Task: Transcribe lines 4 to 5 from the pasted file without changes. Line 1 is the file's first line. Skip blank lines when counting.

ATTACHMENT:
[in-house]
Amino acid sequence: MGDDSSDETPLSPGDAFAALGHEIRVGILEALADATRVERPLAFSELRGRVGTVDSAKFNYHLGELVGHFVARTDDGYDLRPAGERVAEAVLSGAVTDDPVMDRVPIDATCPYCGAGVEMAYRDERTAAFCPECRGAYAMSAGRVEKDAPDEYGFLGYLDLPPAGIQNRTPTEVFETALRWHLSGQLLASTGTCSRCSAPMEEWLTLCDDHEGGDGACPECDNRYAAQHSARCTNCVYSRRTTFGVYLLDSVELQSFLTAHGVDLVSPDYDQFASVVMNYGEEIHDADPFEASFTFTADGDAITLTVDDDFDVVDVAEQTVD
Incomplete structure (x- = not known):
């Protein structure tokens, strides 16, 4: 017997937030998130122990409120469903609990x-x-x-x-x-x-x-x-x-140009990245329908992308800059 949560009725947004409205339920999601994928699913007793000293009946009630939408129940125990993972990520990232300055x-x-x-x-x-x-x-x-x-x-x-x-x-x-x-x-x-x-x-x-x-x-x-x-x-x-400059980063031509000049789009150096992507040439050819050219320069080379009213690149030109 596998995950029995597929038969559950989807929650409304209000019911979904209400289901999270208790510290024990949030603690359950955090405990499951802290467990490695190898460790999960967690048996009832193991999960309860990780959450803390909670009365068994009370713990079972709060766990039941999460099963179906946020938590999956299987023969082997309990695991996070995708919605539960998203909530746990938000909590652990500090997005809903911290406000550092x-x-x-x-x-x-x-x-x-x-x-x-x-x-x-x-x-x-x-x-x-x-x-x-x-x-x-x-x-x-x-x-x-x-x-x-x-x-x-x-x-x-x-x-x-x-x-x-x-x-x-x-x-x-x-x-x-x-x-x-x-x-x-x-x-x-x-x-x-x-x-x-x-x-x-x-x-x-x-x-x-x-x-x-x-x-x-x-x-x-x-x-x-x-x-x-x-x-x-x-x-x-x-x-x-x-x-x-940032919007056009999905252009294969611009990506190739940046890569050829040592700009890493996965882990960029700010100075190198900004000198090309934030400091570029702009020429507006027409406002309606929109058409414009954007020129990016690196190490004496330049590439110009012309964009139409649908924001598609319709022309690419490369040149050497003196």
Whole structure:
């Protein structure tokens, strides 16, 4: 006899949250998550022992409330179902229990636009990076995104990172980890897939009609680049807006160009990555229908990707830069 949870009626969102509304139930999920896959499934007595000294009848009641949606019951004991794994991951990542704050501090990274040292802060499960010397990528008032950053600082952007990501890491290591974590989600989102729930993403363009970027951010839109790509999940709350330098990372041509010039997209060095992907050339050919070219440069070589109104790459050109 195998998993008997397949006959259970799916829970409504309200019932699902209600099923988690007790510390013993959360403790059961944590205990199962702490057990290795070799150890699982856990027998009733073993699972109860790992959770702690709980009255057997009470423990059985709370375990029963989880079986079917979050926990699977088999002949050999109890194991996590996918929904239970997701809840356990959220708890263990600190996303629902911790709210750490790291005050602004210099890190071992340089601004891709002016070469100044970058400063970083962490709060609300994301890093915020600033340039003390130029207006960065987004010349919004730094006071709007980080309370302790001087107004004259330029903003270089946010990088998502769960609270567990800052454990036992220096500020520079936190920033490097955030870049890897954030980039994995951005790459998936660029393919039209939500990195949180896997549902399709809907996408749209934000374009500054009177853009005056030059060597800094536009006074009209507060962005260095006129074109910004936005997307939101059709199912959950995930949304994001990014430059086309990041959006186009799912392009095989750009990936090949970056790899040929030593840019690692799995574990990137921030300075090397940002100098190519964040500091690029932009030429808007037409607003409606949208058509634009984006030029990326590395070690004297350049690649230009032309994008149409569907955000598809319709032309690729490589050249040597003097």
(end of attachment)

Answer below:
């Protein structure tokens, strides 16, 4: 017997937030998130122990409120469903609990x-x-x-x-x-x-x-x-x-140009990245329908992308800059 949560009725947004409205339920999601994928699913007793000293009946009630939408129940125990993972990520990232300055x-x-x-x-x-x-x-x-x-x-x-x-x-x-x-x-x-x-x-x-x-x-x-x-x-x-400059980063031509000049789009150096992507040439050819050219320069080379009213690149030109 596998995950029995597929038969559950989807929650409304209000019911979904209400289901999270208790510290024990949030603690359950955090405990499951802290467990490695190898460790999960967690048996009832193991999960309860990780959450803390909670009365068994009370713990079972709060766990039941999460099963179906946020938590999956299987023969082997309990695991996070995708919605539960998203909530746990938000909590652990500090997005809903911290406000550092x-x-x-x-x-x-x-x-x-x-x-x-x-x-x-x-x-x-x-x-x-x-x-x-x-x-x-x-x-x-x-x-x-x-x-x-x-x-x-x-x-x-x-x-x-x-x-x-x-x-x-x-x-x-x-x-x-x-x-x-x-x-x-x-x-x-x-x-x-x-x-x-x-x-x-x-x-x-x-x-x-x-x-x-x-x-x-x-x-x-x-x-x-x-x-x-x-x-x-x-x-x-x-x-x-x-x-x-940032919007056009999905252009294969611009990506190739940046890569050829040592700009890493996965882990960029700010100075190198900004000198090309934030400091570029702009020429507006027409406002309606929109058409414009954007020129990016690196190490004496330049590439110009012309964009139409649908924001598609319709022309690419490369040149050497003196």
Whole structure: